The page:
Hello Neighbor Review

Hello Neighbor is a very different type of game than you may have expected. Then again, being different than what you’re probably used to is also likely what brought you here in the first place. The sense of curiosity that’s been known to kill the cat, or in this case the neighborhood vibe of a suspenseful Alfred Hitchcock film meets puzzle game and dash of Five Nights At Freddy’s fan conspiracy community sprinkled on top without the annoying parts. It’s like Five Nights At Freddy’s for adults, but it’s so much more.

This game seems to exist within its own realm and as such follows its own rules of logic. A lot of time is spent fighting with your own mental patience or lack thereof. Gamers who take a calm and calculated approach and like to pause and think before every action might beat the game quicker than those who have lots of energy.

Sometimes the right action seems so simple but any little mistake will have you running to get back to the point where you had an opportunity to test your theory. The result will just be a lot of failure and the enemy growing more prepared and aware of your thinking process. The controls and physics of the game sometimes cause problems which aren’t your fault as well.

Many abstract moments leave the player constantly guessing what’s going on, but that’s the genre of mystery / adventure games that have recently cropped up. There’s a huge audience for it, but if you need something like a clear narrative, gunfights, or magic spells to keep you interested – it might not be for you. Instead, Hello Neighbor is a bizarre and artistic piece of content which can drive you borderline insane with spirit like a creepypasta.

With that being said, the more players search around in this game the more questions they discover. It is often nearly impossible to figure out the solution to any given puzzle within the game. Reaching a checkpoint from which to try again is few and far between, and you’ll have to sneak / strong-arm your way back to where you left off in most cases. But that only seems to build up a growing craving for figuring this title out and a massively rewarding sensation anytime some major progress has been made.

To start out, players are greeted with a mysterious house – and a suspicious neighbor who will chase them off of his property whenever discovered. However, this neighbor is very busy and patrols around a lot. Giving chances to learn blind spots in his defenses. That’s not all you’ll have to do though, as his defenses will adapt to your tactics. Every time you fail, the game becomes harder.

Skills are gained through trials in the game. The FEAR Supermarket for example will have a series of levels within the house (the house is way bigger than it seems) and each one can give a special ability. Invisibility while crouching. Double Jump. Boss Battles – Platformer Battle System. Multiple Basements. These are features only an elite number will face after victoriously trudging through the game’s many, eerie, silent moments of puzzling fury.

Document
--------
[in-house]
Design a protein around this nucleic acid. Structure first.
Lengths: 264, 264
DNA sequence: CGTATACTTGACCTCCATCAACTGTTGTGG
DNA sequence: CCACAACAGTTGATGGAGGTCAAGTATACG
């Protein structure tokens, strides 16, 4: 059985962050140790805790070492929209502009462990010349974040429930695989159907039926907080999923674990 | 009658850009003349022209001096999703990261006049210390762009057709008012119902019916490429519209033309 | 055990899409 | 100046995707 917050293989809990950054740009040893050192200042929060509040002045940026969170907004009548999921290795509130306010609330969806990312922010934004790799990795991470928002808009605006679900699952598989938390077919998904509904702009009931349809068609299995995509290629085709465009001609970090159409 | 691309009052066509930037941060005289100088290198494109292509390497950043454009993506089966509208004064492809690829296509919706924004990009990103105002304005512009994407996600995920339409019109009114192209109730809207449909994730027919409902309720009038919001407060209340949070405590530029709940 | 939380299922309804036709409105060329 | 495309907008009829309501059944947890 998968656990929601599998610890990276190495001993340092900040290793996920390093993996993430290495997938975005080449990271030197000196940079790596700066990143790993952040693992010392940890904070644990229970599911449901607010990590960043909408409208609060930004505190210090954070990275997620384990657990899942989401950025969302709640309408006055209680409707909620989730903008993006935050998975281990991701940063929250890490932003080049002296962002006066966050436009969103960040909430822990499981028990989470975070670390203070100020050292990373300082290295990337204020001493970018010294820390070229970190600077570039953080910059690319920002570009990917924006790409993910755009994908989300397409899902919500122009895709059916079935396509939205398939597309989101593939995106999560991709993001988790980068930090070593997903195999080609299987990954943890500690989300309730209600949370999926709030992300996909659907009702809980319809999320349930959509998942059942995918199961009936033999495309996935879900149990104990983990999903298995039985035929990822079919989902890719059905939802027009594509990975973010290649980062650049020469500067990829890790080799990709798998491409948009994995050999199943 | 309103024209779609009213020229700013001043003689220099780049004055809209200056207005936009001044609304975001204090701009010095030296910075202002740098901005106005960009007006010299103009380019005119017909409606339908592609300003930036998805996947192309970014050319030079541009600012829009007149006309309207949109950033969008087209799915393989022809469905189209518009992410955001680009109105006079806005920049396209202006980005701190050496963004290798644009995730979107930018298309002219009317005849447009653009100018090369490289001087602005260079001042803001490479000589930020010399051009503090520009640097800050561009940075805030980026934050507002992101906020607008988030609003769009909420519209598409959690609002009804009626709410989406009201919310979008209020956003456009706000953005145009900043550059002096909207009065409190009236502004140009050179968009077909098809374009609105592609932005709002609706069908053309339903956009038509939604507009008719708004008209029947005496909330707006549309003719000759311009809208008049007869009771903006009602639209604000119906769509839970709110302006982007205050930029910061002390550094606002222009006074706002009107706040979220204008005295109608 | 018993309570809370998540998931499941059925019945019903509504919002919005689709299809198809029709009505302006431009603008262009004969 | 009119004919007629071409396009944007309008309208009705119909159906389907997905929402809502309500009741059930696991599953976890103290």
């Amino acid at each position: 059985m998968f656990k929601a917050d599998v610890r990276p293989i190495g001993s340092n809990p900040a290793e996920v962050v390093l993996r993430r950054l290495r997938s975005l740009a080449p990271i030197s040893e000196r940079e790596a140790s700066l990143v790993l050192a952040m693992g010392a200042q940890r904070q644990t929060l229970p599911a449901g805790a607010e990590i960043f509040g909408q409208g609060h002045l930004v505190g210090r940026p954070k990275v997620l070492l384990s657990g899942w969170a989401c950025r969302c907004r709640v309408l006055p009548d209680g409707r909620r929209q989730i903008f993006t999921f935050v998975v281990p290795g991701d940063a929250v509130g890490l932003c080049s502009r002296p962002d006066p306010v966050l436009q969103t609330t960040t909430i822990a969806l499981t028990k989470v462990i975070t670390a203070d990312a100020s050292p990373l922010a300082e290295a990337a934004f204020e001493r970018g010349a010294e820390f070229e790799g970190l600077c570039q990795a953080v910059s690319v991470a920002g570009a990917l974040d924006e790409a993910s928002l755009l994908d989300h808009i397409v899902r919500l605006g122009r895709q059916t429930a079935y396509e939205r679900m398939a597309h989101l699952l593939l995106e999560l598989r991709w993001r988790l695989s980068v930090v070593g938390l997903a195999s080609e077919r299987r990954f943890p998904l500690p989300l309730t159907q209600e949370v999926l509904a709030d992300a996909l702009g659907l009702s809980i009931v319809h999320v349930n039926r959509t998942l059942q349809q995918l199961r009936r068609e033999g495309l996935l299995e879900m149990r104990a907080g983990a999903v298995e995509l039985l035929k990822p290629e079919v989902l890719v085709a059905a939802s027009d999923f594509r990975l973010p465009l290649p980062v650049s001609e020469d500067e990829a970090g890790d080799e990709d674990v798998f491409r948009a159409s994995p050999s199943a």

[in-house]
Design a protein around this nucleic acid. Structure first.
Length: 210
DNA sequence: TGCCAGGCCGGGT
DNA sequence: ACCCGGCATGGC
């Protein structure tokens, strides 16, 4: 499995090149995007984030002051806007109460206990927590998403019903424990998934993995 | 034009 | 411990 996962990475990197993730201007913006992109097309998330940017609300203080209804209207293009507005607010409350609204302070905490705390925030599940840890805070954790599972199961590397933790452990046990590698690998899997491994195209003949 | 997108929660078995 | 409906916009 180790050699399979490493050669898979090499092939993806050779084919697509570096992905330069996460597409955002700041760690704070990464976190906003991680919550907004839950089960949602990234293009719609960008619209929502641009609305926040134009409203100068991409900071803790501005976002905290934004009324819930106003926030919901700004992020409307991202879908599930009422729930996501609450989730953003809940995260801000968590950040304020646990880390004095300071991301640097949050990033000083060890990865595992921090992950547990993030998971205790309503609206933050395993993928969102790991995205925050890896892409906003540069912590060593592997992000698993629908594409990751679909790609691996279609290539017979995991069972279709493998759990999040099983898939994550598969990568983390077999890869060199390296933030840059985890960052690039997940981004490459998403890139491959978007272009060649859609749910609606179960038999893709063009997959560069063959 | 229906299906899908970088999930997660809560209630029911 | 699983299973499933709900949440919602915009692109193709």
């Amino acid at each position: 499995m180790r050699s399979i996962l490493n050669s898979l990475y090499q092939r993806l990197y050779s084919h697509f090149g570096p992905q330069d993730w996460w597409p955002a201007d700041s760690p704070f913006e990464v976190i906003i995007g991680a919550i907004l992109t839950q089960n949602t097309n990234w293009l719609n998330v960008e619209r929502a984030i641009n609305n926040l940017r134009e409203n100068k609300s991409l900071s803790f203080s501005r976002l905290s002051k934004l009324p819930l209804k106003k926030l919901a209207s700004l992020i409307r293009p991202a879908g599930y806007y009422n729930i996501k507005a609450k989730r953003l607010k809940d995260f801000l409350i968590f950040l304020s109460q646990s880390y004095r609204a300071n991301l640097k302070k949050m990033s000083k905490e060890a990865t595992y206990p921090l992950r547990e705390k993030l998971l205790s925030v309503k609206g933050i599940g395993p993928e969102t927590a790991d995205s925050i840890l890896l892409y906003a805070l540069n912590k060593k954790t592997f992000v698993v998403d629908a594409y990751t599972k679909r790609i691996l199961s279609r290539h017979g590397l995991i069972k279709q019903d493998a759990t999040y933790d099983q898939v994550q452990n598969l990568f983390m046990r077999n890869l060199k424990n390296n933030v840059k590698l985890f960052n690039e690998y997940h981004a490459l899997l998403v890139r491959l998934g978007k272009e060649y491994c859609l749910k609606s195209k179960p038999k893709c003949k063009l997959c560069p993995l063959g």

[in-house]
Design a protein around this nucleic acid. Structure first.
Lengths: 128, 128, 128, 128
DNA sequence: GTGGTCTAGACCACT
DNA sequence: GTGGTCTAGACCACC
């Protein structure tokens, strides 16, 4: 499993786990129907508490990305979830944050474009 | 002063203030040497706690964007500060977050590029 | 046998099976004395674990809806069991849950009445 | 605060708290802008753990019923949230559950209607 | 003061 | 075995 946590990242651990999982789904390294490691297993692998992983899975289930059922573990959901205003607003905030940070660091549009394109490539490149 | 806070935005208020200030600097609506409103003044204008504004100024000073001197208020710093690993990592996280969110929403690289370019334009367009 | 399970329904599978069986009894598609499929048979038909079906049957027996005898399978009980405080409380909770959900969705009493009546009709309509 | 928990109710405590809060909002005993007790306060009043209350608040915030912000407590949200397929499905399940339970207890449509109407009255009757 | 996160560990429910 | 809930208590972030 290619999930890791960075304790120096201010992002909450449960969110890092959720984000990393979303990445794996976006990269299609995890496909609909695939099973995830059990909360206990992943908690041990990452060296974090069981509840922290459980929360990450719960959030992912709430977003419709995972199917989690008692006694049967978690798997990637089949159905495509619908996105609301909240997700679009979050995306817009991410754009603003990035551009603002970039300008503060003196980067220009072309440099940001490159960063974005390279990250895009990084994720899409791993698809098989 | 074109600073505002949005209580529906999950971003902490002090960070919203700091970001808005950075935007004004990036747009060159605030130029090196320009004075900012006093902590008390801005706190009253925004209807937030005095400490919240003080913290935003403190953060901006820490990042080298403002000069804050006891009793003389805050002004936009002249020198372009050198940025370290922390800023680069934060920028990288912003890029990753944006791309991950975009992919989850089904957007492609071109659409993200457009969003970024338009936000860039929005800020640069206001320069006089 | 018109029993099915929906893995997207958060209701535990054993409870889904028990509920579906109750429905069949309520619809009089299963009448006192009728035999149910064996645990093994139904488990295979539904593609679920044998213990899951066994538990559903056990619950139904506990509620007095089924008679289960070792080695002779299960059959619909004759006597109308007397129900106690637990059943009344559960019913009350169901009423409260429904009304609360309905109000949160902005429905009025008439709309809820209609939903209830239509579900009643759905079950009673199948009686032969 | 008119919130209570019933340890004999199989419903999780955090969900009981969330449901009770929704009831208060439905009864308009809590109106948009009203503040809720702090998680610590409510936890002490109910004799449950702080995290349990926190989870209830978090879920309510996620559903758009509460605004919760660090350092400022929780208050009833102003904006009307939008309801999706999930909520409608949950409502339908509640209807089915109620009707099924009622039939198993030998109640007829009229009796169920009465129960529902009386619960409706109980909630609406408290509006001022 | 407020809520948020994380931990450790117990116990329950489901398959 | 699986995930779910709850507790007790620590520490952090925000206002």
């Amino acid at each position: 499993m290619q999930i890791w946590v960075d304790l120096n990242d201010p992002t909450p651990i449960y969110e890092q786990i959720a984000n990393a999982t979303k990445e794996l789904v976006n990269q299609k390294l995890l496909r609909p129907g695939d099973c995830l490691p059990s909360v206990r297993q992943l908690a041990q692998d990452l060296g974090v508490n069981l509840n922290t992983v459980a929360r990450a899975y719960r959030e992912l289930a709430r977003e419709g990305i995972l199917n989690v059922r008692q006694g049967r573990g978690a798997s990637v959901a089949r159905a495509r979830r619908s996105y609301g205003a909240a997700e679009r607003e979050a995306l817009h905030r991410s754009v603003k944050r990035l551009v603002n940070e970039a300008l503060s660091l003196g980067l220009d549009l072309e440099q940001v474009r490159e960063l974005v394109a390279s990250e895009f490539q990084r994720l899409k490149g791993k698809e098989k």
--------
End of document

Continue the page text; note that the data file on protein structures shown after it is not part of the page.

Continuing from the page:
Sometimes the right action seems so simple but any little mistake will have you running to get back to the point where you had an opportunity to test your theory. The result will just be a lot of failure and the enemy growing more prepared and aware of your thinking process. The controls and physics of the game sometimes cause problems which aren’t your fault as well.

This is a game that likes to drive you mad. It’s definitely a high quality entry in a strange, interesting genre that has emerged. Finding out the secrets within the title by endless trial, error, bravery, and all around silliness becomes highly entertaining. Introduce a friend standing close by watching, or just play in late hours of the night with the lights off. It’s a very fun experience.

Conclusion:

All in all, this is a secret-finding game. Tons of side-content that would seem like non-content to most people is also hiding and waiting for creative minds to interpret it. You might have to be a little bit twisted to fully appreciate the game.

Hello Neighbor transcends itself beyond the fan conspiracies, Easter egg hunting, and platformer adventures though. It continues to tell a story as the title goes onward, albeit through bizarre abstract format. This game is a piece of interactive art and serves to express a mindscape in video game format.

Some areas of improvement would be risky to suggest as it could potentially threaten to undo the magic of the game. But the nagging feeling that slightly more content or more narrative guidance could be given won’t shake from most people’s minds while playing. The full mod support Dynamic Pixels has given the community could help a great deal with longevity and addressing any subtleties mentioned.

Official Trailer:

Rating: 7.5 / 10

RGN Rating: Bronze Game
Developer: Dynamic Pixels
Publisher: tinyBuild Games (PC), Gearbox Publishing (Xbox)
Available On: Steam (PC/Mac)
Played On: PC (GTX 1080/Intel i7)
Also Available On: Xbox ONE

Release Date: December 8, 2017

Review Copy Info: Two digital copies of this game were provided for free to RealGamerNewZ by the publisher for the purpose of this review.

Editor’s Note: RealGamerNewZ has moved web servers, some older posts can no longer be commented on and have been preserved without their images. Thank you for your understanding in this matter. This article was written by Jon Ireson on 20171211 and was last modified on 20171211 .